JULY 6 — The Talam controversy has again surfaced. It couldn’t have come at a worse time than now. It is meant to inflict the greatest damage on its primary targets — Selangor and its mentri besar — ahead of a looming election.
The last time it appeared on national stage, the immediate casualty was none other than the secretary-general of PKR, who went after Tan Sri Khalid Ibrahim.
A controversial and enigmatic figure, Datuk Salehuddin Hashim had to be urged to back down when it became untenable and his antics surpassed the tolerance of party leaders and supporters.
This time, however, the issue is being brought up by a political adversary: The MP for Labis and Deputy Minister Datuk Chua Tee Yong.
Although recognisable through his political lineage, the fact that his MCA party is leading the charge is baffling, to say of the least.
“Why MCA and not Umno?” is a question from all discerning Malaysians that begs an immediate response.
With his lack of finesse or mastery of the matter exposing his failure to grasp the subject, Chua has placed himself in the guillotine. Is this an internal attempt to finish him off?
His allegation of a RM1 billion scandal involving the Selangor government, a public-listed company and abuse of public funds is a “stunner” of sorts, as the ailing Barisan Nasional wants to paint Pakatan Rakyat as equally corrupt and corruptible.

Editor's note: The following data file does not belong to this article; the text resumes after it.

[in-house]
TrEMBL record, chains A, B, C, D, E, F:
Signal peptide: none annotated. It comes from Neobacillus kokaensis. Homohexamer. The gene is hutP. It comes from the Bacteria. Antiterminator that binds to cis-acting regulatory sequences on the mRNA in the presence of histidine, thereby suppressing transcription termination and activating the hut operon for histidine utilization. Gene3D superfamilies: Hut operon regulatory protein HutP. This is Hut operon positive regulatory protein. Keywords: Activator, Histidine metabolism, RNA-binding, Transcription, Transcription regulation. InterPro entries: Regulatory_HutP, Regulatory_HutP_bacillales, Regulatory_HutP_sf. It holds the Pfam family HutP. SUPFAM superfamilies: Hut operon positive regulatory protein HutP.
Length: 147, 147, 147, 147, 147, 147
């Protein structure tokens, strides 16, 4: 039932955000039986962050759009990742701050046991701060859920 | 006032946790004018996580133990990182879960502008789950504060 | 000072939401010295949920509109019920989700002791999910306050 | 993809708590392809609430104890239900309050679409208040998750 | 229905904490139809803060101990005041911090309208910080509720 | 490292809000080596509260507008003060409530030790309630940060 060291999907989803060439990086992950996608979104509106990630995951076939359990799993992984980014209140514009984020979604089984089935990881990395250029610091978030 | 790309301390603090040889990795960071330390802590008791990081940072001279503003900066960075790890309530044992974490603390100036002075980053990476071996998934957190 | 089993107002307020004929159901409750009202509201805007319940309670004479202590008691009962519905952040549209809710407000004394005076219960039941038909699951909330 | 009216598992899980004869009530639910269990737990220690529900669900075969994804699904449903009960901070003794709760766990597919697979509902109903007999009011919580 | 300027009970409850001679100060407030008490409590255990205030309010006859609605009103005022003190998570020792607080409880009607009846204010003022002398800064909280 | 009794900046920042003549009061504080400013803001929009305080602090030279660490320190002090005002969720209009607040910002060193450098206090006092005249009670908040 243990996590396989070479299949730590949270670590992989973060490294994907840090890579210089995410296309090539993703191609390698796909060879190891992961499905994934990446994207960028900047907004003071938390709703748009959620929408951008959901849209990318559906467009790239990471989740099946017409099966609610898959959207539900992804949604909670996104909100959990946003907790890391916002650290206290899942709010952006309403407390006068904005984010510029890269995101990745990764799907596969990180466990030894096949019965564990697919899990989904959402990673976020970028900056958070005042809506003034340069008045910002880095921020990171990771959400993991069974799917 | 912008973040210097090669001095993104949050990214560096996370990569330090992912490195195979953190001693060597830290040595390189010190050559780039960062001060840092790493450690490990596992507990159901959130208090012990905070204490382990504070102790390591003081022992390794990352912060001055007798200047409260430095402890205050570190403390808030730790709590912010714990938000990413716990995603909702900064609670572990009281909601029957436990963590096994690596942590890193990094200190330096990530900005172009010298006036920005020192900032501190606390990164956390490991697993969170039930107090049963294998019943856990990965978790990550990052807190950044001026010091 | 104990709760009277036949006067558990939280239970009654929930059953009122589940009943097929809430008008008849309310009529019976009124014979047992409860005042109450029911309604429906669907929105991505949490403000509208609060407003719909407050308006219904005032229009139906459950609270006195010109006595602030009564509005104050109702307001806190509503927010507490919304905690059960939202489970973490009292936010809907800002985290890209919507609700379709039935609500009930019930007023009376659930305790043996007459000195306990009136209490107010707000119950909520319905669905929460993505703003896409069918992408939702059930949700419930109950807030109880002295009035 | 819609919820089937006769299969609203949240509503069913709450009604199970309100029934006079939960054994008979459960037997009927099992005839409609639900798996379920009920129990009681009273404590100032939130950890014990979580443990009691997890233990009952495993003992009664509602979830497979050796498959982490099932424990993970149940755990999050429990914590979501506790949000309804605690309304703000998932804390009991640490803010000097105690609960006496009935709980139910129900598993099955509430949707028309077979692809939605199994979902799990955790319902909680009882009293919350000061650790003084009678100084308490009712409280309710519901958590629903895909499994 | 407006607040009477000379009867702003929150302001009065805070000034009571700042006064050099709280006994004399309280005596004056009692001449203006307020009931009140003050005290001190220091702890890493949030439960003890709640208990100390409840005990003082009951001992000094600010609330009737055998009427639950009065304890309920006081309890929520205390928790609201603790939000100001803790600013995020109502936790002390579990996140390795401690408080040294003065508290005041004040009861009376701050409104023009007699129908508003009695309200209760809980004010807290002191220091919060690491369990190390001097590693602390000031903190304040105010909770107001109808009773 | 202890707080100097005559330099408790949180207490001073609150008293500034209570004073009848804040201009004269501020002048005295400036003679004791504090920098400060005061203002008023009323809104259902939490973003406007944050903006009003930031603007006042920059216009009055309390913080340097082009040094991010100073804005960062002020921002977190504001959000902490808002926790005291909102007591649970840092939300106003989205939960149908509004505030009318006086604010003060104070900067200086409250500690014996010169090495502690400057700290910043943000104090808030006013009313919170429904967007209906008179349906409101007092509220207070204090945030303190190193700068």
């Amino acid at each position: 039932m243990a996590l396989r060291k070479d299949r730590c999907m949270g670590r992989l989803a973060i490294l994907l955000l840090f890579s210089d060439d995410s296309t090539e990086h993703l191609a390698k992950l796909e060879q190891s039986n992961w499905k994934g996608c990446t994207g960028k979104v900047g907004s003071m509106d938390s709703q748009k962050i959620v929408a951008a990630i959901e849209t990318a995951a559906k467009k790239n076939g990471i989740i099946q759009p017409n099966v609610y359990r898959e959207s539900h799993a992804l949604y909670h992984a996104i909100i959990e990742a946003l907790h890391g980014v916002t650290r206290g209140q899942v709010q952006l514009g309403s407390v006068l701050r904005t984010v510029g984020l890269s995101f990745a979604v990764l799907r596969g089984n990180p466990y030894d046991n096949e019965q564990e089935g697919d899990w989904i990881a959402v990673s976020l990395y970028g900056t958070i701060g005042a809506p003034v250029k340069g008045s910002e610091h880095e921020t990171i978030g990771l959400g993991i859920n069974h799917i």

His insistence that the Pakatan Rakyat government of Selangor had also earlier given a RM392 million grant to Talam revealed that he is clueless about the mechanics of “round-tripping”.
His claim that the state acquisition of the RM676 million worth of assets and the usage of the RM392 million grant resulted in the RM1 billion deal, is even more atrocious.
Lest you think I will take more pot shots at him in this saga, you are wrong.
Instead, I will be more merciful and explain the matter.
In a financial manoeuvre known as “round-tripping”, the state government takes over the debt from the state subsidiaries to squeeze Talam directly to fulfil its debt obligation.
If you also think that I’m an apologist for the MB, you got me wrong again.
I thought the white paper now mooted by the MB should have been presented ages ago, and all claims of assets purchases and their valuations ought to have been disclosed by a government committed to a openness, transparency and accountability.
Writing in this limited space, I am unable to fully debate or discuss at length the options and alternative views regarding each alternative….please refer to this..
Three years down the road, the white paper, once available, will surely explain the matter to all, albeit belatedly.
The gross fiscal mismanagement of the Barisan Nasional government will now be widely exposed.
In hindsight, I think the MB has a game plan for the long delay.
Barring anything unforeseen, it may or may not clear the air.
Whatever it is, the onus is now on the mentri besar.
* The views expressed here are the personal opinion of the columnist.